"It's difficult to be anything else here," said Lincoln, grateful that his flaws and failings had not prevented his passage through the Pearly Gates. He had come to learn that many viewed him as a great President. But in his heart he still saw himself as an awkward young man struggling to find his way in the world, and was surprised and embarrassed when others saw goodness in him that he didn't see in himself.

"No doubt about that, my friend. This place is much better than our previous habitat," said Hamilton. "By the way, are you following what's going on back there?"

"I can't say I pay close attention," said Lincoln. "I prefer peace of mind."

"There is much to be said for peace of mind," acknowledged Hamilton. "I would never dream of disturbing your peace of mind; except for some important unfinished business."

Lincoln suppressed the urge to sigh. Hamilton could be prickly and there was no point marring the Heavenly bliss.

"I believe that, in light of where we are, all of our Earthly business is done," he said.

"Not necessarily," said Hamilton earnestly. "Let me explain. The nation is suffering from a bad economic slowdown, triggered by excess financial speculation. The federal government is taking measures to stimulate the economy. But the economy continues to deteriorate. The states are running short of money. Some will be insolvent in a matter of a few months. One state, California, has already petitioned the federal government for assistance, but has been turned down. California has grown dramatically since you were President. It now has the eighth largest economy in the world, by itself. If its government has a fiscal crisis, the California economy could be severely disrupted. That, in turn, would hinder the national economy's recovery and perhaps even cause it to decline further."

"How can I do anything about this?" asked Lincoln.

"The new President, Barack Obama, greatly admires you," said Hamilton. "You could appear in one of his dreams and urge him to use federal money to bail out California."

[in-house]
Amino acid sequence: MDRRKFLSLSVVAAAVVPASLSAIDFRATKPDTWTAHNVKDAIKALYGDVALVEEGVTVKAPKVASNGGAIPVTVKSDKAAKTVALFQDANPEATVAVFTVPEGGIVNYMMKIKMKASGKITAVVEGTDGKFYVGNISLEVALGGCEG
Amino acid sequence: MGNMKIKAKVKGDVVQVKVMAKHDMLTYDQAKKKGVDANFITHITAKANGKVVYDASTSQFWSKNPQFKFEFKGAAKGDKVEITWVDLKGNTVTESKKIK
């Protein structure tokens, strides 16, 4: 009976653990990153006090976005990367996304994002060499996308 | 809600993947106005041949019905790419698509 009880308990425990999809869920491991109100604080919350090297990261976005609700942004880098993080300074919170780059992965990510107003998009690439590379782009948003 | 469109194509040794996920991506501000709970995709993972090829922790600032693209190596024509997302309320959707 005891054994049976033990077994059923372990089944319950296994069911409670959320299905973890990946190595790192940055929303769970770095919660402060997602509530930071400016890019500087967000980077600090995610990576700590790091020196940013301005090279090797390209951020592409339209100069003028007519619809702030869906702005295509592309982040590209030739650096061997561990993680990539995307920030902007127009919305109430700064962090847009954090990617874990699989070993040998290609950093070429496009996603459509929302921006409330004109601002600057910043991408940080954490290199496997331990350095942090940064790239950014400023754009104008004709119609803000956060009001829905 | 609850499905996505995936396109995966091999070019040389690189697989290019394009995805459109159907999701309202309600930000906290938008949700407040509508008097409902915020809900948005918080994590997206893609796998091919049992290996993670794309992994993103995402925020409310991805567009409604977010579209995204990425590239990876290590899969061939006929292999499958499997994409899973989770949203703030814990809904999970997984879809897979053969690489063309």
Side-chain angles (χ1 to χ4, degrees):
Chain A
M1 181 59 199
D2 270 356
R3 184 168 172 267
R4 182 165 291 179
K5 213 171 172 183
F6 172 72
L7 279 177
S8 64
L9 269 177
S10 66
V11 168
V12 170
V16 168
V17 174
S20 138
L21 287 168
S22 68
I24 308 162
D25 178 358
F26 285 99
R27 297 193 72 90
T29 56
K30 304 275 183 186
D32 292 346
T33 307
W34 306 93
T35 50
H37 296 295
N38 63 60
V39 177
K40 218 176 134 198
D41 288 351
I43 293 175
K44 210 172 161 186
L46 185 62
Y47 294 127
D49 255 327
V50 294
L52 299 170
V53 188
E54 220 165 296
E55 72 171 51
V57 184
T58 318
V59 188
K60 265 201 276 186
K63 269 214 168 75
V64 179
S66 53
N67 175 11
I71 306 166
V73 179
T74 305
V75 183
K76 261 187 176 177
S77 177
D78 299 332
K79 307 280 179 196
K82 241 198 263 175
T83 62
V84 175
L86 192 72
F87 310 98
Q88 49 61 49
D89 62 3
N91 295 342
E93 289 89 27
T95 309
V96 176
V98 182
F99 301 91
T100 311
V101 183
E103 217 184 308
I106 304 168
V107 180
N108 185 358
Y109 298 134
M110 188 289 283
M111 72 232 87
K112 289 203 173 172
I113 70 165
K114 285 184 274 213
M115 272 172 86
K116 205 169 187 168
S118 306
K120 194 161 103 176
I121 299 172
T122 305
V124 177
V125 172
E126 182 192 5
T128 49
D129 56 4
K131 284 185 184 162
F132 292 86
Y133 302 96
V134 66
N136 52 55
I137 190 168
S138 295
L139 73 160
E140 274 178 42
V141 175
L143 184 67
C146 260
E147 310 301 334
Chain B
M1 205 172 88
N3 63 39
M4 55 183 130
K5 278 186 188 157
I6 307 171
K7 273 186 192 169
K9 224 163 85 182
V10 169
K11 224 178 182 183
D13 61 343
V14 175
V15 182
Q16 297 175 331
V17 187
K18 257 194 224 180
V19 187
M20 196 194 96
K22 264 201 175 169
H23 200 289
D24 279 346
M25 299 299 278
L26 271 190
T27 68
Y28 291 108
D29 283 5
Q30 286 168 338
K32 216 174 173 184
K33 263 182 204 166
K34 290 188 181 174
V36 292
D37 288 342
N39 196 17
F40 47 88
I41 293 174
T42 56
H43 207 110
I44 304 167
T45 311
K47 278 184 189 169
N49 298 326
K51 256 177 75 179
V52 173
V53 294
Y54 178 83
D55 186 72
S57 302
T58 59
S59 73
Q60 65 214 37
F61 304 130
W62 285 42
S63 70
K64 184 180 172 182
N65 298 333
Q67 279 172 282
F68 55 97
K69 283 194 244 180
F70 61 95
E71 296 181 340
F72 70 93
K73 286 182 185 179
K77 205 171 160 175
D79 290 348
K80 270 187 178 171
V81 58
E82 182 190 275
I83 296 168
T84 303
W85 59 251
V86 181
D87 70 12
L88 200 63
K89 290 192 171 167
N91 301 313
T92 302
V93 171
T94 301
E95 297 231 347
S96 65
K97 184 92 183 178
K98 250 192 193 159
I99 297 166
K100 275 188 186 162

Lincoln thought about Hamilton's suggestion. His brow furrowed deeper and deeper.

"I suppose this suggestion comes from your old idea of having the federal government assume the states' debts from the Revolution," he finally said.

"That would have unified the nation at an earlier time, and perhaps enhanced its growth and development," said Hamilton defensively.

"I don't think a bailout of the states now would be prudent," he said.

"Why not? The national welfare is at stake," said Hamilton. "The economy is in decline and there scant signs of recovery."

"A federal government that dispenses budgetary funding to the states would quickly become a domineering national government," said Lincoln. "That would be very dangerous."

"I thought you believed in a strong national government," said Hamilton.

"I believe in the Union," said Lincoln. "And the Constitution. The Constitution provides for a federal government of limited powers. All other powers are reserved to the States."

"But states rights was the battle cry of the Confederates," said Hamilton.

"The states play a crucial role in the Union," said Lincoln. "As the respository of all governmental powers not specifically conferred on the federal government, they can take advantage of the blessings of liberty and undertake all manner of new endeavors. They can experiment with new ideas, and promote the improvement and advancement of ideals, all without interference from the federal government. If, however, the federal government were to control the states' purse strings, it could also control their policies and governance."